“We brought you to the base, yes, but I don’t recall anyone inviting you inside the eyries,” Zephyr retorted, defending her Rider. “You took advantage of the confusion of our arrival and the weariness of all who knew you to sneak in here and try to steal a miryhl!”

There was a collective rumble of anger from the birds above their heads and Derrain was deathly glad it wasn’t aimed at him. How Lorfyn managed to remain upright, he’d never know, but the fool didn’t appear to understand what he’d done.

Instead the lord lunged to his feet and jabbed an angry finger at Zephyr. “I wasn’t stealing. I only asked. I don’t see what’s so special about these damned Riders anyway, or why you’re all so precious about who rides you. You’re just birds, overgrown and over-proud bundles of feathers. How dare you look down your beaks at me. I am a Ketthik of Havia! My family have been Eorns for eight generations, passing from father to son. Our family is one of the purest and most important in all the Greater West. How dare you hold yourselves above me!”

His angry rant faded into silence, broken only by the whine of the blizzard outside and the deep, unsteady breaths of a hundred angry miryhls overhead. Wood creaked as the eagles shifted their weight, and Derrain held himself very still, certain that if he made the slightest move everything would shatter.

Somewhere behind him, Stirla started to laugh, the sound getting louder despite Atyrn’s attempts to hush him. “A Ketthik of Havia,” he chuckled. “A Ketthik of Havia! And here I am, a lowly Etherian farm boy, with a miryhl all my own. How about you, Derry, where do you come from? How long have your family been around? Got any lineage to compare with a Ketthik of Havia?” His laughter tailed off as he lay down with a grunt. “You should have let me kill him.”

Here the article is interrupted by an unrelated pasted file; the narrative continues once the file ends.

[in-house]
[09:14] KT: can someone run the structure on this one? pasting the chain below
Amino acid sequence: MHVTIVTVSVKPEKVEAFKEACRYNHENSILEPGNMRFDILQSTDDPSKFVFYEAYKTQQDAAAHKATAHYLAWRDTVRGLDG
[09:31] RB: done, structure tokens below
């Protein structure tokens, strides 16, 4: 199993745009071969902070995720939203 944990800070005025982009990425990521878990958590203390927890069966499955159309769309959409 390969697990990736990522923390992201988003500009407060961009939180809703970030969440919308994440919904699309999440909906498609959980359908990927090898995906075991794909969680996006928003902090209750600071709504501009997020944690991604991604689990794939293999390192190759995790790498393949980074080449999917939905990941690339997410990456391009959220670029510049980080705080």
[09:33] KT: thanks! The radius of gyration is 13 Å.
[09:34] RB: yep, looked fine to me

“Indeed, much now becomes clear.”

The miryhls, enraged by Lorfyn’s outburst and confused by Stirla’s laughter, turned towards the door and Derrain finally dared to move. There was quite a gathering at the entrance to the eyries. Two captains, two lieutenants and who knew how many Riders. All of them staring with wide, disbelieving eyes.

Captain Hylan strode inside and hauled Stirla to his feet. “I owe you an apology, lieutenant. I lost my temper without full possession of all the facts. I know better now.”

Stirla looked stunned, but managed to drag himself to attention. “Sir,” he murmured.

“You appear to be in need of medical attention,” the captain added, and turned to Derrain. “See that he’s taken to the infirmary, student. Some of those scratches look nasty.”

“Yes, sir,” Derrain said, stepping aside as the captain walked passed.

He paused in front of Neryth and the crowd held their breath. Then he bowed. “Welcome to Kaskad, Your Highness. I apologise for not greeting you sooner. Perhaps you would care to come to my office. I believe we have much to say to each other.”

The princess looked up into the large captain’s face with a wry smile. “I believe we have, sir.”

Hylan frowned at the young man hunched defensively in the centre of the eyries. “You will join us, Lord Lorfyn.” It was not a request.

Satisfied that his insolence would be dealt with, the miryhls spread out around the eyries again, muttering and grumbling amongst themselves, spreading gossip about the HSF and the adventures of Stirla’s squad. The humans were a lot slower to move, until Hylan stalked out, barrelling through them.

“Don’t you all have work to do?” he growled, and the Riders scattered.

Before long all that remained were Atyrn, Zephyr, Stirla and Derrain.

With a sigh, Derrain gripped the stunned lieutenant’s arm and steered him towards the door. “Come on, sir, let’s get you cleaned up.”

The big man moved without protest and, as they left the eyries, Derrain heard Atyrn say, “Much as I dislike the arrogant pipsqueak, you have to admit with Lorfyn around there’s never a dull moment.”

“A bit like having a court jester in residence, I suppose,” Zephyr conceded.

“Only less funny.”

With twin harrumphs the miryhls hopped onto the nearest perch, while Derrain stepped into the blizzard, guiding his lieutenant and shaking his head.

~ Next Chapter ~

Thanks for reading!


About Becca Lusher

Indie author, book devourer, writer of words, dreamer of dreams, currently enthralled to dragons with a side order of Things With Wings.
This entry was posted in Books, Free Fiction, Overworld, Serial, Writing and tagged , , , , , , . Bookmark the permalink.

2 Responses to Storm Wings: Chapter 5, Part 3

  1. Pingback: Storm Wings: Chapter 5, Part 2 | Becca Lusher

  2. Pingback: Storm Wings: Chapter 6, Part 1 | Becca Lusher